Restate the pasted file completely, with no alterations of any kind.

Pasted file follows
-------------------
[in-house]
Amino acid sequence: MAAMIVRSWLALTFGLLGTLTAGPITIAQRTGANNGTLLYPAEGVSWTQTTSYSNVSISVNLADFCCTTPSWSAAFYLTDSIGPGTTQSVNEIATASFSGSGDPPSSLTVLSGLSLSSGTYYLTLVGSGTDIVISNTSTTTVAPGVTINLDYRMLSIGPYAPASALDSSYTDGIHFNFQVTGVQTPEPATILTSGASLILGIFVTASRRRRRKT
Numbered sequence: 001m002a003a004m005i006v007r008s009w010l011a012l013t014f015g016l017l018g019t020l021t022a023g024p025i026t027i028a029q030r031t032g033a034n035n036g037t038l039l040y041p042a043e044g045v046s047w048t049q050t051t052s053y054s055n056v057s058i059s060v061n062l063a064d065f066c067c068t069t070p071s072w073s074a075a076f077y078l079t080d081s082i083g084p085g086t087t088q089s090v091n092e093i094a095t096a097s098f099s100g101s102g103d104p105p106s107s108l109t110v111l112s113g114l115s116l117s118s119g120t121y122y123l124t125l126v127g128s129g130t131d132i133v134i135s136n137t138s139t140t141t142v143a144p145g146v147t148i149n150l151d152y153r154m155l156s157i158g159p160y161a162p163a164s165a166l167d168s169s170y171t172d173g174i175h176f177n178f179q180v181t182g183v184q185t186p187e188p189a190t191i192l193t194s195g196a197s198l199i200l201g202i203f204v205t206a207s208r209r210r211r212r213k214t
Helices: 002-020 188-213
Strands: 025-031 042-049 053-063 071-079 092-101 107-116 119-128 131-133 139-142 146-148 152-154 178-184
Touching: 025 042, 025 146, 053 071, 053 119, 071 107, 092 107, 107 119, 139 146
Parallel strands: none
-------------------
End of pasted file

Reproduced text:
[in-house]
Amino acid sequence: MAAMIVRSWLALTFGLLGTLTAGPITIAQRTGANNGTLLYPAEGVSWTQTTSYSNVSISVNLADFCCTTPSWSAAFYLTDSIGPGTTQSVNEIATASFSGSGDPPSSLTVLSGLSLSSGTYYLTLVGSGTDIVISNTSTTTVAPGVTINLDYRMLSIGPYAPASALDSSYTDGIHFNFQVTGVQTPEPATILTSGASLILGIFVTASRRRRRKT
Numbered sequence: 001m002a003a004m005i006v007r008s009w010l011a012l013t014f015g016l017l018g019t020l021t022a023g024p025i026t027i028a029q030r031t032g033a034n035n036g037t038l039l040y041p042a043e044g045v046s047w048t049q050t051t052s053y054s055n056v057s058i059s060v061n062l063a064d065f066c067c068t069t070p071s072w073s074a075a076f077y078l079t080d081s082i083g084p085g086t087t088q089s090v091n092e093i094a095t096a097s098f099s100g101s102g103d104p105p106s107s108l109t110v111l112s113g114l115s116l117s118s119g120t121y122y123l124t125l126v127g128s129g130t131d132i133v134i135s136n137t138s139t140t141t142v143a144p145g146v147t148i149n150l151d152y153r154m155l156s157i158g159p160y161a162p163a164s165a166l167d168s169s170y171t172d173g174i175h176f177n178f179q180v181t182g183v184q185t186p187e188p189a190t191i192l193t194s195g196a197s198l199i200l201g202i203f204v205t206a207s208r209r210r211r212r213k214t
Helices: 002-020 188-213
Strands: 025-031 042-049 053-063 071-079 092-101 107-116 119-128 131-133 139-142 146-148 152-154 178-184
Touching: 025 042, 025 146, 053 071, 053 119, 071 107, 092 107, 107 119, 139 146
Parallel strands: none